Rapelling down Waterfalls

Trip Start Aug 25, 2008
Trip End Dec 16, 2008

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Flag of Chile  , Lake District,
Monday, October 27, 2008

"What's Canyoning?"

I was leafing through a binder of the activities on the coffee table of my hostel and besides the standard fare of kayaking, volcano climbing, mountain biking, hot springs, white water rafting, and there was a new one.

"Canyoning is walking in a slot-canyon through a thigh-deep raging river and rappelling down waterfalls." the guy told matter of factly in a German accent. 

"Wow - waterfall rappelling.  That sounds pretty cool.  Isn't that cold?"

[PHOTO_ID_r=descending-into-the-cavern.jpg]"Well - you are in a wet suit, so it isn't too bad."

"How high are the falls?"

"You rapell down three falls, maybe 40 to 60 feet high."

"Sign me up!" I naievely said.

Canyoning was a BLAST!  I've rappelled down cliffs and ice before, but never even thought of a waterfall.  

The first fall was terrifying - you don't get a sense of how high it is from the top - so after getting clipped onto the rope, I leaned back and started my initial descent.  

"Holy Crap!!!"  I said as I backed over the top and got my first look down.

I tried to put my feet into the fall but the force of the water shot my feet down and I crashed into the cascade, got a freezing blast of water that spun me around.  I had no idea how stong the water would be.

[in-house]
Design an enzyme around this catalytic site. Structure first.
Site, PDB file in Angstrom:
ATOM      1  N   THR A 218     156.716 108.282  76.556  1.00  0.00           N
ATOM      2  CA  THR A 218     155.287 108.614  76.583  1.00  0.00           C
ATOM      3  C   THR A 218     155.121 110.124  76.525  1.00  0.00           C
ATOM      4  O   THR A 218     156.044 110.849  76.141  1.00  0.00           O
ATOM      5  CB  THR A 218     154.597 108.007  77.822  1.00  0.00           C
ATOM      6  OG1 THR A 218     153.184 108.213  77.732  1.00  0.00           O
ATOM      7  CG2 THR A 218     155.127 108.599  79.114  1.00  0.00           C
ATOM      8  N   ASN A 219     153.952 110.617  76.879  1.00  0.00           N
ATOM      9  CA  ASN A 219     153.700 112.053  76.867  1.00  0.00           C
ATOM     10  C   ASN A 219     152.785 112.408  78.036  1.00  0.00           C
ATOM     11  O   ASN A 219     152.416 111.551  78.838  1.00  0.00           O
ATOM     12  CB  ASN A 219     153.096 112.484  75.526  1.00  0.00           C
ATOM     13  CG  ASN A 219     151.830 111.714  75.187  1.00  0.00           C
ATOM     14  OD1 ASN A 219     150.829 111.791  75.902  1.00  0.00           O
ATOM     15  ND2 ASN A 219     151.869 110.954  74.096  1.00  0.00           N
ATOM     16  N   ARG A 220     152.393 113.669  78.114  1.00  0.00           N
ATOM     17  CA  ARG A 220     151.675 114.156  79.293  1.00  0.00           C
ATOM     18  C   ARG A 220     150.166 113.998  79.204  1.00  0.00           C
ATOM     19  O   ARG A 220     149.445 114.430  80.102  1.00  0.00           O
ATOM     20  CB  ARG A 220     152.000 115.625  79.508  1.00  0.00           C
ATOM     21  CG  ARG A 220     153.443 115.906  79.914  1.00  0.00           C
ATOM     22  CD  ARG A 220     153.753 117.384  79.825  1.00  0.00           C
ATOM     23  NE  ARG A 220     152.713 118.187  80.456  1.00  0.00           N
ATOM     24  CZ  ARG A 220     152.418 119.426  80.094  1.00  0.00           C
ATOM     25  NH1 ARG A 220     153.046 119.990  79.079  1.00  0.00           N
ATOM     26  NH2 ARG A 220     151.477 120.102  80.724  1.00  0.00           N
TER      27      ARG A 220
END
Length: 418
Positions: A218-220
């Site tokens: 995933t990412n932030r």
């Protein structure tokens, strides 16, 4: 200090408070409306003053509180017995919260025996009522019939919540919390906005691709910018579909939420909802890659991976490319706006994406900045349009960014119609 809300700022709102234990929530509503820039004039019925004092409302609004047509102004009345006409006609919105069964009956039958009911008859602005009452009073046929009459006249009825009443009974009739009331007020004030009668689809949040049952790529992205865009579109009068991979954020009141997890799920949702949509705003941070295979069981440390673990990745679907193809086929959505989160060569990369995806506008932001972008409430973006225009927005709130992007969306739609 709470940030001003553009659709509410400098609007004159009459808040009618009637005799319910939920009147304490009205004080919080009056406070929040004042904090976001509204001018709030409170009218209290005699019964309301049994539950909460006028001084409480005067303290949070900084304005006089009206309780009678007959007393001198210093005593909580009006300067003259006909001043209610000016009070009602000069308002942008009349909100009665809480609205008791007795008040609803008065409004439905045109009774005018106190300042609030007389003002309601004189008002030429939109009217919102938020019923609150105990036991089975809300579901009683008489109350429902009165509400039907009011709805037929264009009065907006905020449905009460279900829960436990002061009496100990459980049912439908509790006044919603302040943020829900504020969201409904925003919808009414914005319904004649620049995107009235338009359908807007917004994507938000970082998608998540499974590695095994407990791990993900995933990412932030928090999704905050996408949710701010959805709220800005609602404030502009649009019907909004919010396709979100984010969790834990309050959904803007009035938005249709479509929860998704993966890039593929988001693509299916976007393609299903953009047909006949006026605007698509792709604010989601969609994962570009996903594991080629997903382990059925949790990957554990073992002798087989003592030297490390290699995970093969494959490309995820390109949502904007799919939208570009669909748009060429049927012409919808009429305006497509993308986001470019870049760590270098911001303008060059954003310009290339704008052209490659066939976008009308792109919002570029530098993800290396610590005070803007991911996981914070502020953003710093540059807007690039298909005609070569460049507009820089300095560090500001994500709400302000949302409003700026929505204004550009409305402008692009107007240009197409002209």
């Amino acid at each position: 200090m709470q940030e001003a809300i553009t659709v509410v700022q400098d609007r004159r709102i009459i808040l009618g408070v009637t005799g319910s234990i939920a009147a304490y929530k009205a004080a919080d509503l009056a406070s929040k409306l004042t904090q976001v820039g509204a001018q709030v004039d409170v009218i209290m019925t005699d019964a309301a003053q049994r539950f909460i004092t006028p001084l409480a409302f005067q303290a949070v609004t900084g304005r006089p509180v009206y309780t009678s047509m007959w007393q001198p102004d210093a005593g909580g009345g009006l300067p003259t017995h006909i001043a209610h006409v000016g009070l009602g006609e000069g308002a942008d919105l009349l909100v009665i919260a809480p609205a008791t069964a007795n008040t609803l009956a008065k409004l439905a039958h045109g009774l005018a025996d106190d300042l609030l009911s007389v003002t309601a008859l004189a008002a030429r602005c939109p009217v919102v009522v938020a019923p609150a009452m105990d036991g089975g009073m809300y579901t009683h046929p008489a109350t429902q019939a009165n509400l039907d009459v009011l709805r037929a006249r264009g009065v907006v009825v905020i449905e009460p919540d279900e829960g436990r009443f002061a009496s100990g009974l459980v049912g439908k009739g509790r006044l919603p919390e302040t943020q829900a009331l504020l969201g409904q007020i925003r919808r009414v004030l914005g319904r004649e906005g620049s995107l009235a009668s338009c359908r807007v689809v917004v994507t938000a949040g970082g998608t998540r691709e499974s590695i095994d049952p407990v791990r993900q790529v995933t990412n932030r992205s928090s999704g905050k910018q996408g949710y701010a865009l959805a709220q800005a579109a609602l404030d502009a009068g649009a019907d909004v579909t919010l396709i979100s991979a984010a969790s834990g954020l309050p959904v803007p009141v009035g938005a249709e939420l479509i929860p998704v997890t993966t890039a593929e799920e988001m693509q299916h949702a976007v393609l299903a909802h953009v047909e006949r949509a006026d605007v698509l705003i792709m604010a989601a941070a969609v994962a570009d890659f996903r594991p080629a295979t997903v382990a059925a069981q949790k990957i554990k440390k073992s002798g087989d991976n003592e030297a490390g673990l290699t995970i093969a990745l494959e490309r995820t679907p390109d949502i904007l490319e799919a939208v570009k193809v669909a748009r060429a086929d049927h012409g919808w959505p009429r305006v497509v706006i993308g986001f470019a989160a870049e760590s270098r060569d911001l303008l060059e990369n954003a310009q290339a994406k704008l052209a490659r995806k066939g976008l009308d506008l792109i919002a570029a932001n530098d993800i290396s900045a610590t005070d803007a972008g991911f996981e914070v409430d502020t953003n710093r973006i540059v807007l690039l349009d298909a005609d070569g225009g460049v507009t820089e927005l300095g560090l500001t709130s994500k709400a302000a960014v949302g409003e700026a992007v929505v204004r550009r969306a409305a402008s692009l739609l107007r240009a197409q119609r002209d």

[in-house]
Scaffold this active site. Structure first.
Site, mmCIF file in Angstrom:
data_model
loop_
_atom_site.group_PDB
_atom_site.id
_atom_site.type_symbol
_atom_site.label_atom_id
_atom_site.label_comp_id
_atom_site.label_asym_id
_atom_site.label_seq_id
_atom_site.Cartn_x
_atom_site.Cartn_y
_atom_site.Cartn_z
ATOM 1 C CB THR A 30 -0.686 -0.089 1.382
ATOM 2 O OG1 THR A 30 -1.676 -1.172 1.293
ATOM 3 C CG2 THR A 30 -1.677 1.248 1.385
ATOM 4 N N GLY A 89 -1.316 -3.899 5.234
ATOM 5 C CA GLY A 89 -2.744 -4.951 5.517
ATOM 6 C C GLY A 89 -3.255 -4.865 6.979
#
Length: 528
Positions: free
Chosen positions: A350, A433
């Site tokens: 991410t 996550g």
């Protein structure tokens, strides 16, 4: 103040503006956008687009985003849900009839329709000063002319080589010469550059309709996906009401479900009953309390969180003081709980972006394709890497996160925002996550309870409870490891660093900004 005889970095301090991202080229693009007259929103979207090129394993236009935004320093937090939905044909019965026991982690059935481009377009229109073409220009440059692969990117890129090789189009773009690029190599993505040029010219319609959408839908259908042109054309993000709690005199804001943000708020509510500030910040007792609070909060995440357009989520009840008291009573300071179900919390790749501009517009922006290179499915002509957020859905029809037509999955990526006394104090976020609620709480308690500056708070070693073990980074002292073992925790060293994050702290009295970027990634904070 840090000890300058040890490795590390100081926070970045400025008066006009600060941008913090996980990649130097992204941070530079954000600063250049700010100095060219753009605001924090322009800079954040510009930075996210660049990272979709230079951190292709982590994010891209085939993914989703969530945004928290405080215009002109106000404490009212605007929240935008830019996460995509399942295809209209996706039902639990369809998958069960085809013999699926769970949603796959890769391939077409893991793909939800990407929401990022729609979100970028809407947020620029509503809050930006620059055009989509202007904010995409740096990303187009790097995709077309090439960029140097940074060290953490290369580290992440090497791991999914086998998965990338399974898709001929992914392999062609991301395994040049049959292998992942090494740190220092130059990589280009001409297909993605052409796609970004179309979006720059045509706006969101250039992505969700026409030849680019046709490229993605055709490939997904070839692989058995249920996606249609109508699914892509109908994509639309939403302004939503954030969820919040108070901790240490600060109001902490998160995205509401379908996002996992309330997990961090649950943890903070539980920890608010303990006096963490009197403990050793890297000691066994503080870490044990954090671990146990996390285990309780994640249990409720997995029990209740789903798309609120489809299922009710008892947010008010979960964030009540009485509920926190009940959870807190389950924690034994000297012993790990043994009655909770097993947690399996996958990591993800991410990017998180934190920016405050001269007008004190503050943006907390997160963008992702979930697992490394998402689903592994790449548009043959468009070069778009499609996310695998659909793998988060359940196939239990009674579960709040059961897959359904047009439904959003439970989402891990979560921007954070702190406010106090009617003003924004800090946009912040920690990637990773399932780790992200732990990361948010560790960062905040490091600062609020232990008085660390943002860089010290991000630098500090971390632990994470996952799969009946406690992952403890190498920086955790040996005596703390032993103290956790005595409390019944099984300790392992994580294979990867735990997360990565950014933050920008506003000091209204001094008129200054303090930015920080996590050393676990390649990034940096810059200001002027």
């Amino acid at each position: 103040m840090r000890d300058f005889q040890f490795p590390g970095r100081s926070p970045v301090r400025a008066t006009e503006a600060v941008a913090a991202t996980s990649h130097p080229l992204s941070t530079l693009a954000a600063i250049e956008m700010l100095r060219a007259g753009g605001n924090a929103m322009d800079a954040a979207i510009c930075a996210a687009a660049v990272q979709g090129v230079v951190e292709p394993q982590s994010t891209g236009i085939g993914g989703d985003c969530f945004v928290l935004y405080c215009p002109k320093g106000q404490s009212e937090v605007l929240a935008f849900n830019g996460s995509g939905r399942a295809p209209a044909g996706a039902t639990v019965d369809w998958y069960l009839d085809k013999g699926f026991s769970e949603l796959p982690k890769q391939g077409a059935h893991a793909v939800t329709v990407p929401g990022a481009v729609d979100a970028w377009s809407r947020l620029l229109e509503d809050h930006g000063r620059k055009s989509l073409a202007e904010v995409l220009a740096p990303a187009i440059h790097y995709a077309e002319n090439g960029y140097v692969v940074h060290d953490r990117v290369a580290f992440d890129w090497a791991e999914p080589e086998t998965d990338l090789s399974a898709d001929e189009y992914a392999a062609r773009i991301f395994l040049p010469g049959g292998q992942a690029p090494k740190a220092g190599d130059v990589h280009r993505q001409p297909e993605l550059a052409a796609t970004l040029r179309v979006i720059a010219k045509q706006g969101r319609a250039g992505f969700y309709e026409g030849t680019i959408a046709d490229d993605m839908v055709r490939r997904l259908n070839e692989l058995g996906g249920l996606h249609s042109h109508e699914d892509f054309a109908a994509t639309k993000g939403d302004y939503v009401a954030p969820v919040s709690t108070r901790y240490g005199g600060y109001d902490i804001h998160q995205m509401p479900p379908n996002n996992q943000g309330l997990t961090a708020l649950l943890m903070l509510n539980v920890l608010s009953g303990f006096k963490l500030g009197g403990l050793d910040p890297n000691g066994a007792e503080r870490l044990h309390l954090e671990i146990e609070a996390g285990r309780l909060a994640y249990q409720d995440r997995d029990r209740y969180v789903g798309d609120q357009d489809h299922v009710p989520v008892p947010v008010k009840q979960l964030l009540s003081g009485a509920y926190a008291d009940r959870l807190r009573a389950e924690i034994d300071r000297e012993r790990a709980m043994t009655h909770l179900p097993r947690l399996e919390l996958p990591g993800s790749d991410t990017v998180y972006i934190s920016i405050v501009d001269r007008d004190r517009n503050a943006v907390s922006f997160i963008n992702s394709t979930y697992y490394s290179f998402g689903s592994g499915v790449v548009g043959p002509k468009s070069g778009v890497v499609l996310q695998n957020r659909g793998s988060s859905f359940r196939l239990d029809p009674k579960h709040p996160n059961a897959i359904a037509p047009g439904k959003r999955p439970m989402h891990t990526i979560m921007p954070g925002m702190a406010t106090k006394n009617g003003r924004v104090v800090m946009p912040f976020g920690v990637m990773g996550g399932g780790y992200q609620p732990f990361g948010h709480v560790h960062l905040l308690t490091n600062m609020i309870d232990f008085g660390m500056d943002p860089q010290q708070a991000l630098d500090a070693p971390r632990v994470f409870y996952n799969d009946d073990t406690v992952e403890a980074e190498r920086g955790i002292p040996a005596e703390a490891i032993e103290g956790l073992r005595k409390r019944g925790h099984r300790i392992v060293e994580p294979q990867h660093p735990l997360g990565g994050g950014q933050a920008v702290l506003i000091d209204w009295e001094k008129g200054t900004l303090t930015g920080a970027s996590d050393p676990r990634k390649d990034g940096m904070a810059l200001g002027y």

"Feet straight out - NEXT to the water, not IN the water"  My guide shouted from above.

"Lean more - get horizontal - you need to brace against the water"

And with that, I inched myself down the 50 foot waterfall to the pool at the bottom and realized I didn't ask what to do at the end.  The water is COLD and I had no idea how deep the pool is. 
Do I lower myself into the freezing water, or try to shimmy around the cliff to the rocks about 15 feet to my left.  With great trepidation, I lowered myself into the pool and found out (with great joy) that it was only thigh deep.
After wading down the stream another ten minutes, we came to a big hole in the ground where the river fell into darkness.

"We're going underground for awhile." Our guide said with a little too much enthiasm.

So we descended into what felt like a cave with a little ribbon of light at the top.  It was surreal - being lava, the walls of the cave were smooth and almost flowed.  The river at the bottom felt like a giant, natural waterslide... and we were supposed to hike through it.  Most of the time, it was only shin deep but occasionally got up to your thighs.  

You have to check out the first video at the top - our first set of descents weren't very pretty.

Next up - snowboarding down an active volcano. 

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